What is so fascinating with these older articles? Well, one of the things that I like is in the way that the articles are absolutely candid with their subjects. I feel that we lost something important when the music business “professionalised” and bands started to use press officers that controlled what were allowed to be written.
Probably sometimes under the threat of being sued by their lawyers and at other times with the threat of losing access to their stable of artists. A music paper without access to musicians wouldn`t be much of a music paper, you kow?
This is written before the days of contracts regulating what the papers could write, and it`s quite refreshing to read something like this even if it is over 40 years later…
Have you heard about Ozzie and the Good Book?
BLACK SABBATH, in a new incarnation as a series of contrapuntal anecdotes.
By Kate Phillips
“The cat died, Ozzie.”
“That horrible-coloured thing you shot in the garage.”
“It`s like bleeding Daktari in our garage,” mumbles the star. “You could go on an expedition in there and never come back.”
This makes The Horse That Fed Steve Marriott assume a minor perspective. A little later a friend who lives near Ozzie`s stately home reports that a Gentleman`s Shoot the star was asking about who will be charging £1,000 per gun per week. Too much.
“A thousand pounds?” repeats Ozzie, mildly disgusted. “I`d do better to pick off some more of the chickens.”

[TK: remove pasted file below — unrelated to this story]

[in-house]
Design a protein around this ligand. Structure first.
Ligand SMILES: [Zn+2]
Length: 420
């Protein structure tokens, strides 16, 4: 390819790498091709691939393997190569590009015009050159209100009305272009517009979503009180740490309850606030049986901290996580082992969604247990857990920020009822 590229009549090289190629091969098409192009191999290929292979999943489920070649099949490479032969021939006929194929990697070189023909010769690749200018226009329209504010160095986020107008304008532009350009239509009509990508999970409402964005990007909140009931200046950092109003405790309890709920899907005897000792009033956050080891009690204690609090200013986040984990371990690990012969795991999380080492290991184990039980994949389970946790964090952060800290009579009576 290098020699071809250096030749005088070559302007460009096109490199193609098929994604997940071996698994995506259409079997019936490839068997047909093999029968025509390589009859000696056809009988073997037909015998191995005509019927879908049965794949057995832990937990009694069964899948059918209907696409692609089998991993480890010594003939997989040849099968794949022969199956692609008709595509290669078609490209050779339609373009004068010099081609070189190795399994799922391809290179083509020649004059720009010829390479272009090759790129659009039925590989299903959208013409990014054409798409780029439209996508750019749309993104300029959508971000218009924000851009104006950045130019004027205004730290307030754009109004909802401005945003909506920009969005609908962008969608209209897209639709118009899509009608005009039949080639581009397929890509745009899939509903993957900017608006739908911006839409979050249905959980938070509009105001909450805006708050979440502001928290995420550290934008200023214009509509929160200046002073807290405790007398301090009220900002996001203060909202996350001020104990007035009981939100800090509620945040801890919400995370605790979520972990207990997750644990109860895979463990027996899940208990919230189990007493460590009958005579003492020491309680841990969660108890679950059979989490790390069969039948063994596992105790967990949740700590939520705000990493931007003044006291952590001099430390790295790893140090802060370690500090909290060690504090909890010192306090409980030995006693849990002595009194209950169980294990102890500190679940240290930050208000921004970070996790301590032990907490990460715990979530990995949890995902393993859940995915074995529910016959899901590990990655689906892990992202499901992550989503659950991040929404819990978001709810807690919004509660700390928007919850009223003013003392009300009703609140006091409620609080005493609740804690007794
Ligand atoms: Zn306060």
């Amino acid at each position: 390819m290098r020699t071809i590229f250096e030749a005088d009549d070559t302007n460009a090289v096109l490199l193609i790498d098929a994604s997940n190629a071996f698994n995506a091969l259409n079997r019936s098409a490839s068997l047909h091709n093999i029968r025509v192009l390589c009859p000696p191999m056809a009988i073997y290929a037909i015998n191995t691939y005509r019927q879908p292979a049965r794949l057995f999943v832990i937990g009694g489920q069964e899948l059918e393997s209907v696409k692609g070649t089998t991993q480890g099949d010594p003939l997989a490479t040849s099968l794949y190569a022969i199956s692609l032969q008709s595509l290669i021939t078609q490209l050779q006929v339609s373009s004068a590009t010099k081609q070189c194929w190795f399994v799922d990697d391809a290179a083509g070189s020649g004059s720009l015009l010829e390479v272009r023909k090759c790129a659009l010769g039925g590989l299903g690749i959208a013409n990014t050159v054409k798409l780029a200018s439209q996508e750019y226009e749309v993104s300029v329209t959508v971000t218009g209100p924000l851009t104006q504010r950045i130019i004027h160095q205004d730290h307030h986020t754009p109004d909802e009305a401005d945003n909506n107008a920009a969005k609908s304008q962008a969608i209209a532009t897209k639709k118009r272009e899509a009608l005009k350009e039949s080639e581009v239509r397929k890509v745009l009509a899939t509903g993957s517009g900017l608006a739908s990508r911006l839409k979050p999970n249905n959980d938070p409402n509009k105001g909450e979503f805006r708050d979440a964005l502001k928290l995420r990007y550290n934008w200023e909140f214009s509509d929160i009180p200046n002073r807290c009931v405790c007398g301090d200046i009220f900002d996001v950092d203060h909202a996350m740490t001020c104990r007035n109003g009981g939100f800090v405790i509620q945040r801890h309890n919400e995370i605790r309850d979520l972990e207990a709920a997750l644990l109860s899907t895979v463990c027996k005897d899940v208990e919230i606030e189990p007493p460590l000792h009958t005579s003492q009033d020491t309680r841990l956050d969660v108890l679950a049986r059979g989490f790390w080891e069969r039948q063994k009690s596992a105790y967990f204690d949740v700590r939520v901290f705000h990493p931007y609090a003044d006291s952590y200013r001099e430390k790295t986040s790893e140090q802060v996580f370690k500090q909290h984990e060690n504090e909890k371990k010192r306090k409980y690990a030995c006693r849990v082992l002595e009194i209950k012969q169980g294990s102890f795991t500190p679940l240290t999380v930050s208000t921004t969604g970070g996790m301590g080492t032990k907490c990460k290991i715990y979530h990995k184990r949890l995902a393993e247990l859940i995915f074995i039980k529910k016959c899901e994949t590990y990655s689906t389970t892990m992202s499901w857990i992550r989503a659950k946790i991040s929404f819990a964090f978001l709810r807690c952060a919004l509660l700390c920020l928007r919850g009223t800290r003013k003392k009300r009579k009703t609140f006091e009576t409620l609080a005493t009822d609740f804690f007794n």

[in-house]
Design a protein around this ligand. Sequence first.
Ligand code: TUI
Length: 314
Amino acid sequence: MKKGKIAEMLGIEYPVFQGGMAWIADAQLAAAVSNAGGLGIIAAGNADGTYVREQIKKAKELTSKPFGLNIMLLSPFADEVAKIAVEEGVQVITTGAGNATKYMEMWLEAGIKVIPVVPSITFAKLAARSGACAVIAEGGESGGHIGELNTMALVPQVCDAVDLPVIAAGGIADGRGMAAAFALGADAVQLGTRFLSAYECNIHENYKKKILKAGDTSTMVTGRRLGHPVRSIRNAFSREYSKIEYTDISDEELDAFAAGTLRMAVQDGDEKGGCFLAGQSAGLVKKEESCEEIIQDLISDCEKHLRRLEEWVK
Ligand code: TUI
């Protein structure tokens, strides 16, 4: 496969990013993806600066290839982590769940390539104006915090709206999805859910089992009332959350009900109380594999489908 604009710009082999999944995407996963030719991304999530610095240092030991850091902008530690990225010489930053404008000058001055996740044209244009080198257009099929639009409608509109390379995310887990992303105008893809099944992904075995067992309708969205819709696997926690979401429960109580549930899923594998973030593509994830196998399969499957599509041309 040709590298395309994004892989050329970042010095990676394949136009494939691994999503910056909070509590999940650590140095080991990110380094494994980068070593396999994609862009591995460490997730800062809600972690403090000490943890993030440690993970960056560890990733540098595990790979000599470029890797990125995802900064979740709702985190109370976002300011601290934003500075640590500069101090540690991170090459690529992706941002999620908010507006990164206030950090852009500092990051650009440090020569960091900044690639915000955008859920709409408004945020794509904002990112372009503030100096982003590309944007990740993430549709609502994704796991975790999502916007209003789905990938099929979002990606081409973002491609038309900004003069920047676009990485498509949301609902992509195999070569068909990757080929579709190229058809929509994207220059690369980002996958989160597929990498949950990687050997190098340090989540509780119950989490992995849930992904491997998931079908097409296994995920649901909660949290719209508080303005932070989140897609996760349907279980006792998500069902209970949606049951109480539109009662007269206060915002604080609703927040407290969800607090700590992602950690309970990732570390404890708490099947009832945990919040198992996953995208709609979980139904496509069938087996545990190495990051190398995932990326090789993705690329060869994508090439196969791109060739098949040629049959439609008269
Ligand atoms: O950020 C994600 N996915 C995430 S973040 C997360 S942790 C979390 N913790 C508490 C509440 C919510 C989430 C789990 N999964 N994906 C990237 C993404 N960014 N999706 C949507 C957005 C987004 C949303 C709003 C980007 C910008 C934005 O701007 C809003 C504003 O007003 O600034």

We`re into our sixth Pernod and water by now, but Wednesday night in Bradford still ain`t looking too wonderful. Geezer had some sense: he shot off home to Worcester right after the gig.
OZZIE AND THE GOOD BOOK
A young man reclines on a hotel divan. His long, fair hair criss-crosses the pillow and his triple-decker platforms are hurting his feet.
He lifts the telephone.
“Reception? Listen, how about coming up here to keep a lonely man company? No? Well listen, how does a sparrow make an emergency landing?
“With a Sparrowchute!”
Tony Iommi, I hear later, once punched Ozzie on the nose for repeatedly ripping up hotel-supplied Gideon Bibles. I don`t know if you remember Tony with long hair. He`s worn it short for a long time now, with a neat moustache and knife-edge cream trousers. Oh yes, and the same old steel cross, resting atop the immaculate pullovers. In Bradford, when it`s time to change, he disappears from the bare, echoing school cloakroom that serves St. George`s Hall as communal dressing-room and secretes himself in the upstairs chamber (with the star on the door) for more than half an hour.
Ozzie`s still here: he didn`t bother to hide while assuming his yellow fringed shirt, tight yellow trousers and painful white boots. Now he leaps playfully round from one member of the band to another and pulls down their panties at crucial stages of undress.
Bill Ward endures these onslaughts without excitement. Gnarled and taciturn, looking very old, much older than the others, he`s climbing into bright red tights and the red tent-shaped maternity coat he “found in the wardrobe” this morning. He rounds off the tights with a pair of old blue plimsolls.
He looks like the Frog Prince.
There`s only one thing on Bill`s mind right now: the sins of a music journalist who`s been less than complimentary in print about Bill`s wife.
Bill reckons he`ll sue.
Are you very angry about it, Bill?
“Me and Melinda are used to being slagged off in the press” – he stares hard into my face – “but… well… No Comment. I don`t want to say any more.
“My wife will though,” he adds, glumly.
OZZIE AND THE CONCEPT ALBUMS
Gerald is sitting alone on a hard chair in the middle of the room. Gerald is rather a well-kept secret. He plays keyboards for Black Sabbath, and every night he dresses up in his own version of the fringed costume – but he and all his equipment are always completely hidden away from the sight of the audience.